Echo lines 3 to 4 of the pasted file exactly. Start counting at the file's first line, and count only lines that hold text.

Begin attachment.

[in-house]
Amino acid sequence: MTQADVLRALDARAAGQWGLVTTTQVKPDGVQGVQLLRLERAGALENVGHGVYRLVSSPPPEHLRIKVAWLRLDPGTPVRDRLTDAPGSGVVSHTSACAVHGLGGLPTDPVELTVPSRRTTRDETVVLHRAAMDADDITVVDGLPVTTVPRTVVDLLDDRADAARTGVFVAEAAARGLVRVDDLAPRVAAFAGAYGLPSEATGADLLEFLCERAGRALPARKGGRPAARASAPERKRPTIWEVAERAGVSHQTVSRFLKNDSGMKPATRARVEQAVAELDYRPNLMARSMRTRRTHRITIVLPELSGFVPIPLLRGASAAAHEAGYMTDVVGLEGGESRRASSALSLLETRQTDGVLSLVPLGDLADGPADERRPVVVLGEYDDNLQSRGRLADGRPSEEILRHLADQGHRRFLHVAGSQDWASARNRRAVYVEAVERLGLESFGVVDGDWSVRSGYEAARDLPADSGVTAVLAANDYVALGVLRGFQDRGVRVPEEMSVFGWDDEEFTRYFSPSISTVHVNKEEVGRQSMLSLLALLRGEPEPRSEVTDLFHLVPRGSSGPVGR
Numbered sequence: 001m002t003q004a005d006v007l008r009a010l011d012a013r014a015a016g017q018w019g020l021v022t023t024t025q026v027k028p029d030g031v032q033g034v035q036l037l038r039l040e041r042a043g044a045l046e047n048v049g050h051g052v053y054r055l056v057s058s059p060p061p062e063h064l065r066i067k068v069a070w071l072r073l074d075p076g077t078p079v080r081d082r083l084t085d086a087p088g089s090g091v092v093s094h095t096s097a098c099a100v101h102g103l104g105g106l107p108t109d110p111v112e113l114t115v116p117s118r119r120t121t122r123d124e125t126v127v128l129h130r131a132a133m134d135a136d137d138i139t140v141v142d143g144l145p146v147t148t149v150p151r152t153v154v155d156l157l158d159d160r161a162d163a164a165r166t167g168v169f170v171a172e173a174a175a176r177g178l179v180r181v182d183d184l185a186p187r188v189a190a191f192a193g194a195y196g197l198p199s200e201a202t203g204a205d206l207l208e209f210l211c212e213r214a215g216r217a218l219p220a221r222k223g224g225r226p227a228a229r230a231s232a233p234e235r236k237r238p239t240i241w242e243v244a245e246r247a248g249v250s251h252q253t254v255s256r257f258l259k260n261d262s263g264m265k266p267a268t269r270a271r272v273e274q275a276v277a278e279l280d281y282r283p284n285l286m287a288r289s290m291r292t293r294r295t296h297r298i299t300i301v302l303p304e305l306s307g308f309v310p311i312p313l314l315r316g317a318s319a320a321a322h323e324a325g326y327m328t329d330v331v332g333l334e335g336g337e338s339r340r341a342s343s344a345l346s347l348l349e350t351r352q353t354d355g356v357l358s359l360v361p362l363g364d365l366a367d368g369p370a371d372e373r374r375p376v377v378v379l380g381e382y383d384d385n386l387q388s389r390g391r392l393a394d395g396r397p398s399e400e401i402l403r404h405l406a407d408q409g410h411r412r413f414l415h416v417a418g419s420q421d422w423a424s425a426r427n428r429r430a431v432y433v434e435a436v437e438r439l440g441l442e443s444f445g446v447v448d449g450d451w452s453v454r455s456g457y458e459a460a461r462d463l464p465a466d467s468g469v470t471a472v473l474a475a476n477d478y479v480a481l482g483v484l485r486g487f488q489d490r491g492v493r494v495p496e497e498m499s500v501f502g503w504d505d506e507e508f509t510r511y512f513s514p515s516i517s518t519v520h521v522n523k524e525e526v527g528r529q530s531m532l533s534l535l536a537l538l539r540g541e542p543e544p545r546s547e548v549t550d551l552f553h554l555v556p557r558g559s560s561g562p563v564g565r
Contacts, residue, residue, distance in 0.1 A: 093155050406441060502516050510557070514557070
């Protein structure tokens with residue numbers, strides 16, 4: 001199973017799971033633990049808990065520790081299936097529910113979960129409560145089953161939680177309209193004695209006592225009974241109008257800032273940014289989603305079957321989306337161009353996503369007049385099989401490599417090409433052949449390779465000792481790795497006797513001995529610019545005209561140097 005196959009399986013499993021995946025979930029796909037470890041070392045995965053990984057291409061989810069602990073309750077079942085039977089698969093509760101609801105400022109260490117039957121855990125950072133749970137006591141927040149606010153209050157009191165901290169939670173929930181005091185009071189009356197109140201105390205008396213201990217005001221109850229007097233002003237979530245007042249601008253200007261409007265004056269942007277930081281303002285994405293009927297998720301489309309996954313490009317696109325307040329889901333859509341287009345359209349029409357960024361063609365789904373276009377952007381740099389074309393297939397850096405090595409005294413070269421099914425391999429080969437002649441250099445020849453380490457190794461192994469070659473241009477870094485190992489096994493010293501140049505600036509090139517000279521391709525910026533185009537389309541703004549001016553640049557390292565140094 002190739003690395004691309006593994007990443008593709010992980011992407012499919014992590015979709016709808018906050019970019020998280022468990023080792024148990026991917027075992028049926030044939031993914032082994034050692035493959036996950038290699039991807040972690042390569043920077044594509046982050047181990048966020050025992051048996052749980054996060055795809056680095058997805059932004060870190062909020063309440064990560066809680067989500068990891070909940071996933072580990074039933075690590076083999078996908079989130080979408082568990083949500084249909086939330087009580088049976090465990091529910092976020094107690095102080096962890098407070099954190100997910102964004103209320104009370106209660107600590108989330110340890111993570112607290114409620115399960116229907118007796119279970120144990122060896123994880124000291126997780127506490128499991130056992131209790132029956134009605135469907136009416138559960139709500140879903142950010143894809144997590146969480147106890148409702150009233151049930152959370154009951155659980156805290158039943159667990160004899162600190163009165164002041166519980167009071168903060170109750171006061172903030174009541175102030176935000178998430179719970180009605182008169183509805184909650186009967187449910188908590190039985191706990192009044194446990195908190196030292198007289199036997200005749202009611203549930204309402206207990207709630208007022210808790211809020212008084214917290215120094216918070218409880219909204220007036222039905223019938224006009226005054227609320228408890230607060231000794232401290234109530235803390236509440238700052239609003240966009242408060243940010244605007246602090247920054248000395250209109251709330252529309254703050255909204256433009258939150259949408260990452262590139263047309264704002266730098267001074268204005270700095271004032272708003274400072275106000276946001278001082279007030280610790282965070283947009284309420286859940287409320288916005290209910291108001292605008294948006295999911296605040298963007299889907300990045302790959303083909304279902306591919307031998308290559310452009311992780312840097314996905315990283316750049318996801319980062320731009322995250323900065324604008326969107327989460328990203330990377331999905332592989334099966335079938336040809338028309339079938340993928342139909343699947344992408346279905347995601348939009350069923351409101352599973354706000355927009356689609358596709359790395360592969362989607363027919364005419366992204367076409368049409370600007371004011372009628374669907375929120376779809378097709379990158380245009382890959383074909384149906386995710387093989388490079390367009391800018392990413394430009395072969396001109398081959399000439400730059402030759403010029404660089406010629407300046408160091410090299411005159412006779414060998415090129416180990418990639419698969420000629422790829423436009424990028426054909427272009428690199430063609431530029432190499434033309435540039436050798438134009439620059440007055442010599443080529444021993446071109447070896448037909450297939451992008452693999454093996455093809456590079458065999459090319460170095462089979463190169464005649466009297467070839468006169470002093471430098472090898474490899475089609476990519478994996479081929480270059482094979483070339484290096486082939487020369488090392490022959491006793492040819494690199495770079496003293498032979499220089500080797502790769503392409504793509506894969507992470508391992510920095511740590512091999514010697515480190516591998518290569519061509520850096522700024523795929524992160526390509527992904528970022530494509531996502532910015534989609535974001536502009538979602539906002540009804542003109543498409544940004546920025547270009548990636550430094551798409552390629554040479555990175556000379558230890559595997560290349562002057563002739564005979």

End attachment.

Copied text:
Numbered sequence: 001m002t003q004a005d006v007l008r009a010l011d012a013r014a015a016g017q018w019g020l021v022t023t024t025q026v027k028p029d030g031v032q033g034v035q036l037l038r039l040e041r042a043g044a045l046e047n048v049g050h051g052v053y054r055l056v057s058s059p060p061p062e063h064l065r066i067k068v069a070w071l072r073l074d075p076g077t078p079v080r081d082r083l084t085d086a087p088g089s090g091v092v093s094h095t096s097a098c099a100v101h102g103l104g105g106l107p108t109d110p111v112e113l114t115v116p117s118r119r120t121t122r123d124e125t126v127v128l129h130r131a132a133m134d135a136d137d138i139t140v141v142d143g144l145p146v147t148t149v150p151r152t153v154v155d156l157l158d159d160r161a162d163a164a165r166t167g168v169f170v171a172e173a174a175a176r177g178l179v180r181v182d183d184l185a186p187r188v189a190a191f192a193g194a195y196g197l198p199s200e201a202t203g204a205d206l207l208e209f210l211c212e213r214a215g216r217a218l219p220a221r222k223g224g225r226p227a228a229r230a231s232a233p234e235r236k237r238p239t240i241w242e243v244a245e246r247a248g249v250s251h252q253t254v255s256r257f258l259k260n261d262s263g264m265k266p267a268t269r270a271r272v273e274q275a276v277a278e279l280d281y282r283p284n285l286m287a288r289s290m291r292t293r294r295t296h297r298i299t300i301v302l303p304e305l306s307g308f309v310p311i312p313l314l315r316g317a318s319a320a321a322h323e324a325g326y327m328t329d330v331v332g333l334e335g336g337e338s339r340r341a342s343s344a345l346s347l348l349e350t351r352q353t354d355g356v357l358s359l360v361p362l363g364d365l366a367d368g369p370a371d372e373r374r375p376v377v378v379l380g381e382y383d384d385n386l387q388s389r390g391r392l393a394d395g396r397p398s399e400e401i402l403r404h405l406a407d408q409g410h411r412r413f414l415h416v417a418g419s420q421d422w423a424s425a426r427n428r429r430a431v432y433v434e435a436v437e438r439l440g441l442e443s444f445g446v447v448d449g450d451w452s453v454r455s456g457y458e459a460a461r462d463l464p465a466d467s468g469v470t471a472v473l474a475a476n477d478y479v480a481l482g483v484l485r486g487f488q489d490r491g492v493r494v495p496e497e498m499s500v501f502g503w504d505d506e507e508f509t510r511y512f513s514p515s516i517s518t519v520h521v522n523k524e525e526v527g528r529q530s531m532l533s534l535l536a537l538l539r540g541e542p543e544p545r546s547e548v549t550d551l552f553h554l555v556p557r558g559s560s561g562p563v564g565r
Contacts, residue, residue, distance in 0.1 A: 093155050406441060502516050510557070514557070